9. Totally agree with the the Door/Window comments but would add that a similar upgrade is needed for curtainwalls. Not only is the current approach - creating a symbol for the curtainwall - clumsy and time-consuming, it's clearly a workaround to a problem that shouldn't exist by this time. Let's not forget that most of us are not designing 50 story buildings but rather small structures that need the ability to have multi-unit window assemblies. We can easily buy the actual windows but can't draw them or interact with them to the same extent that we can work with the walls. .... and we won't talk about how much more sophisticated and fluid these elements are - and have been - in other CAD programs.
  10. Is it possible to import an AutoCad Architecture model and have the wall/door/window styles come and the objects these styles create (doors, walls and windows) come thru as smart 3D objects? So far every effort results in 3D objects becoming 2D "groups", no intelligent/parametric features and to use the resulting geometry (the "groups") as the basis of the VW model requires the groups to be converted further into simple lines. I've tried a number of different settings in the "Advanced" menu of the DXF/DWG Import Options including converting 2D objects to 3D. Thank you. Tom
  11. Thank you all ... both for the tips and for helping me see that there's a difference between a simple dimension or dimension string and a dimension that's part of a Grid Bubble string. I realized from your comments that the Grid Bubble dimension doesn't act the way a regular dimension does in this respect. I'll plan more carefully the next time. Thanks again.
  12. Got it! Many thanks for the sanity check and for the solution. Tom
  13. Is there a technique/work-around for solving dimensioning/layout conditions where grid bubbles overlap? I've tried selecting the offending bubble and dragging it up or down the screen but the bubbles seemed to be locked in place. Alternately, an option to horizontally "break" the alignment line and slide the grid bubble laterally with the dimensions maintaining their actual values would work fine also. Thank you.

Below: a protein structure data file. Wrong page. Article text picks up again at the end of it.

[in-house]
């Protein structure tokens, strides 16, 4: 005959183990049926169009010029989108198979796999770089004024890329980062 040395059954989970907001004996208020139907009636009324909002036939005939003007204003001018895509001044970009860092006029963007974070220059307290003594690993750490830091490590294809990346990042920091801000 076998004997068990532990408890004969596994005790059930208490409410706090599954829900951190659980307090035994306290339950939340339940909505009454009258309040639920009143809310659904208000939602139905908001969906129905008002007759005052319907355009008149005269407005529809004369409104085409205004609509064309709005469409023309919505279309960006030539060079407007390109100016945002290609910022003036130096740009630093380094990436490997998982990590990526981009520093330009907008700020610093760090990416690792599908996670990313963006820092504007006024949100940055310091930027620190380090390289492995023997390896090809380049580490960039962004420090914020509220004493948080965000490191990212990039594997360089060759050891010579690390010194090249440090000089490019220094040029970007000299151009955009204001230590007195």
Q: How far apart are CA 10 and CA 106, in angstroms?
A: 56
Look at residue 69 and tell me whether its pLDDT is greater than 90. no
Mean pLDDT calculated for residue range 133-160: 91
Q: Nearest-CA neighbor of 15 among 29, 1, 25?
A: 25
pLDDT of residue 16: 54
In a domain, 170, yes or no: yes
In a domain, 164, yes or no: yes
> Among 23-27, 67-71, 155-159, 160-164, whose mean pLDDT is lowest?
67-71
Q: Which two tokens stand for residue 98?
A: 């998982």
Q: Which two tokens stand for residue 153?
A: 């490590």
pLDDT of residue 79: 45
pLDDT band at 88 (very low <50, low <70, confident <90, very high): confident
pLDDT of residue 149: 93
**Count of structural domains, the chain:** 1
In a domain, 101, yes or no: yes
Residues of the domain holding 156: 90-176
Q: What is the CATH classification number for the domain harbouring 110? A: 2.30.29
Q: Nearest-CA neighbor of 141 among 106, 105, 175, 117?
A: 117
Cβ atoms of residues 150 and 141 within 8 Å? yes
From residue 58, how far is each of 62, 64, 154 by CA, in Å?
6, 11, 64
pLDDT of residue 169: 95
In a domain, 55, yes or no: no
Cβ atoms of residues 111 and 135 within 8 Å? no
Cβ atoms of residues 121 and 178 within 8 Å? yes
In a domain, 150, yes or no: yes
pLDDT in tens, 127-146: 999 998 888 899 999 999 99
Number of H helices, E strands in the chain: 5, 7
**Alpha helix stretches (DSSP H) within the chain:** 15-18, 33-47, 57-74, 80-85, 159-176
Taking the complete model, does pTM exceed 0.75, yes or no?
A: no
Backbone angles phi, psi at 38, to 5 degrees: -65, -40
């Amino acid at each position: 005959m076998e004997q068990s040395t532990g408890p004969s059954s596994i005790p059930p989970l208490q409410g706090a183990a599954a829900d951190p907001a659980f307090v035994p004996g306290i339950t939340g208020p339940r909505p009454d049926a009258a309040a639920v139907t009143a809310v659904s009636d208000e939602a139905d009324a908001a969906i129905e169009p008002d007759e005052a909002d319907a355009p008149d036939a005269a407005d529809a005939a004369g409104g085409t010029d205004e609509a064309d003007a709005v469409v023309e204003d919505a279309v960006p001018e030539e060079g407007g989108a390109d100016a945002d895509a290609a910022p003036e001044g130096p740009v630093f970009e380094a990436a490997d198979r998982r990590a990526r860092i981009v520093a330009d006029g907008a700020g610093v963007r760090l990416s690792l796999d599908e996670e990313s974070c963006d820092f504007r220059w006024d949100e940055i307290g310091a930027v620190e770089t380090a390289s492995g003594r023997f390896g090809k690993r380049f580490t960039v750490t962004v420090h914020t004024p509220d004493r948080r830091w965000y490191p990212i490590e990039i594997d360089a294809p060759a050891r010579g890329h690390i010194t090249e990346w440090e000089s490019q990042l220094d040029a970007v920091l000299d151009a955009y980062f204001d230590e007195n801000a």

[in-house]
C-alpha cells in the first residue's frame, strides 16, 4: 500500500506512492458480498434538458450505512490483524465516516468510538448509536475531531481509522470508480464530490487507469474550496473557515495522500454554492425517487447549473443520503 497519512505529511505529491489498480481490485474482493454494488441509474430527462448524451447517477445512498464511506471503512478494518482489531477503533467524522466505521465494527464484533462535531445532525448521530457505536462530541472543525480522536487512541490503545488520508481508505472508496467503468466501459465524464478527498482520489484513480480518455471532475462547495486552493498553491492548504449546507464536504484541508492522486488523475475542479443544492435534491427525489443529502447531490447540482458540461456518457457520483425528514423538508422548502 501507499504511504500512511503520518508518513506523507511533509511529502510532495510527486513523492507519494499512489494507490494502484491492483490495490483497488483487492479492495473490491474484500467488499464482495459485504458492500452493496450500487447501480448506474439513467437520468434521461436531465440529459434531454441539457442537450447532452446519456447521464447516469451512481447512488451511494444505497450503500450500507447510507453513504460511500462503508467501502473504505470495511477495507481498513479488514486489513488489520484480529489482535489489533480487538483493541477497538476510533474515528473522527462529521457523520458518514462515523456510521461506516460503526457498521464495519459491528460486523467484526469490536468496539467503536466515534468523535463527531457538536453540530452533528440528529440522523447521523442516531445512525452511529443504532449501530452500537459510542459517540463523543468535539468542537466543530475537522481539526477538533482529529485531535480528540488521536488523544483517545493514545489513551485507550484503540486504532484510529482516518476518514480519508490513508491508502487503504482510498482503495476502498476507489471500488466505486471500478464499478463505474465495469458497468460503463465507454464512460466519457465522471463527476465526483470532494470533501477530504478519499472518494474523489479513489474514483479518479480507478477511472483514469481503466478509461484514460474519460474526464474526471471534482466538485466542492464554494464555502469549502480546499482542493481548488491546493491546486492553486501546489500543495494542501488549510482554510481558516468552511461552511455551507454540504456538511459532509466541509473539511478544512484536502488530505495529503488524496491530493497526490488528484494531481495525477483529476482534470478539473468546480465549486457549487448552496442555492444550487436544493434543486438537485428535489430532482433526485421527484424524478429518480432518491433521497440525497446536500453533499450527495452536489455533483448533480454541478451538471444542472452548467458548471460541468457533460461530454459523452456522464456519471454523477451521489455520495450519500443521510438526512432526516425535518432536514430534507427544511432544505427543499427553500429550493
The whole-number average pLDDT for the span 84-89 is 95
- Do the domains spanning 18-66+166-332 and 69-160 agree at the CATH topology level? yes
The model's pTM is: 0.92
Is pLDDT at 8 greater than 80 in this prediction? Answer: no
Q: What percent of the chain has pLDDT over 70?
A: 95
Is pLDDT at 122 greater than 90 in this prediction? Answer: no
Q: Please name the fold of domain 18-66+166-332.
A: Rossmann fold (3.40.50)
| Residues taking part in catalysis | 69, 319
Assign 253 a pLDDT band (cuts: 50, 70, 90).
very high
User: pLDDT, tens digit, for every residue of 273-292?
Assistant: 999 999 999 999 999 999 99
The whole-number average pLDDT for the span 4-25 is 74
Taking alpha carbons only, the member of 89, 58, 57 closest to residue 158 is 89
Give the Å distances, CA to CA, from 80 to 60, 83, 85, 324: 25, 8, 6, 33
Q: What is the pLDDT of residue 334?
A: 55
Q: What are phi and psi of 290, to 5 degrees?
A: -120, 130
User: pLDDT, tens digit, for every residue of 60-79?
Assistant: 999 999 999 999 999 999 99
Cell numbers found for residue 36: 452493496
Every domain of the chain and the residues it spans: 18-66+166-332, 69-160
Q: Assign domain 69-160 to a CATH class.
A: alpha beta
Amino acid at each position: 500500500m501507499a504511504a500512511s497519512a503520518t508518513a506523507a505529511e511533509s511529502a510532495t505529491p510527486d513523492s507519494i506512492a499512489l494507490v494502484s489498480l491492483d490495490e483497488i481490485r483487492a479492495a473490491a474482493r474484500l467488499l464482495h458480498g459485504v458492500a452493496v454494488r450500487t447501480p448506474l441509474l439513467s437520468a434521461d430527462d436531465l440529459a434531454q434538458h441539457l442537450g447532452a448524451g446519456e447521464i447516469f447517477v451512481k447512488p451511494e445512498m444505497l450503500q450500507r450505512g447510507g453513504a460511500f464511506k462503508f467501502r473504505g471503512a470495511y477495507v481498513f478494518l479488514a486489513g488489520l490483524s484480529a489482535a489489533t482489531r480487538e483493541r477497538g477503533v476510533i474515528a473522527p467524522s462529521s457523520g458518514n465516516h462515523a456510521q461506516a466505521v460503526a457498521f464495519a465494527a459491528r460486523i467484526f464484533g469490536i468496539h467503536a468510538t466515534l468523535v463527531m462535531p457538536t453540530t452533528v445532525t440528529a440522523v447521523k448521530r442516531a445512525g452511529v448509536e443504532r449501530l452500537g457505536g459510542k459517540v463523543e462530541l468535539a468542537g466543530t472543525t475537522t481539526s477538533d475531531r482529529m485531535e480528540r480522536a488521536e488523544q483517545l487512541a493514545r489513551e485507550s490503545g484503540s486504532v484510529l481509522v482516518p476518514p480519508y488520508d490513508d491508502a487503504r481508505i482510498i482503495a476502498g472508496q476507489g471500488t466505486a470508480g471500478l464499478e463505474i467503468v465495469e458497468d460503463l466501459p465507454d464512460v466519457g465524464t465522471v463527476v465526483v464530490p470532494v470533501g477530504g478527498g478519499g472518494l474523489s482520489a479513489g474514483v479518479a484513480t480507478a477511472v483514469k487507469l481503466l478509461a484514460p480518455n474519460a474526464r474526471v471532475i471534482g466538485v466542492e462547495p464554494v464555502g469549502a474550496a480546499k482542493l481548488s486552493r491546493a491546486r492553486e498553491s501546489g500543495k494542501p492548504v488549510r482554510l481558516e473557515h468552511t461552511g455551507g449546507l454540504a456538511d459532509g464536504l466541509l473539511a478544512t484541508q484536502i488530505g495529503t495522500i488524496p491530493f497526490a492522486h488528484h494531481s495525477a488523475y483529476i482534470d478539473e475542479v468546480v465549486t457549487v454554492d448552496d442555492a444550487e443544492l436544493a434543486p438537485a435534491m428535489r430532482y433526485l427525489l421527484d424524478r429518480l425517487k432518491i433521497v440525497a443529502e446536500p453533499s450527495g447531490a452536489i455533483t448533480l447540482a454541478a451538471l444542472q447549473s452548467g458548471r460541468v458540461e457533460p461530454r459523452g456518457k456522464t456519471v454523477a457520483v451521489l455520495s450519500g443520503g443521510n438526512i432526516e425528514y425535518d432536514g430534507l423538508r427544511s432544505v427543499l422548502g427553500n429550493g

14. Is it possible to add simple text to a dimension on a dimension string, with or without affecting the accuracy or placement of the dimension? For example: Add +/- at the end of a dimension to indicate some field variance is expected. Add "New" or "Existing" or "Verify in Field" to indicate that a condition of task associated with the dimension. Thank you
  15. JMR - You and I obviously see this issue the same way: predictable, understandable and real-world-based wall cleanups are a fundamental need, not only for BIM but just for simple rendering/viewing. I'm not doing any "project sharing" so that evolution isn't on my radar and does not drive my thinking on this issue. For me the issue is simply that it takes a lot of time and patience to create a drawing that properly reflects the building AND "looks" good to contractors and clients (who are becoming increasingly sophisticated). Wall joins and cleanup should not be a separate, cosmetic task that you do at the end of the drawing process but rather a part of the thinking/design process that occurs - and gets revised - without great difficulty easily along the way because those details guide the development of the building. Coming from the AutoCad world, this was an issue I conquered quite a while ago and for which AutoCad was pretty transparent about the "how" and "why" it worked the way it did. I like Vectorworks but this issue is a constant puzzle. ....and thanks for pointing out the "core" column, I was looking within the component itself for some type of flag to set. You pointed out that you need to back up sometimes and look at the forest. Thank you. Tom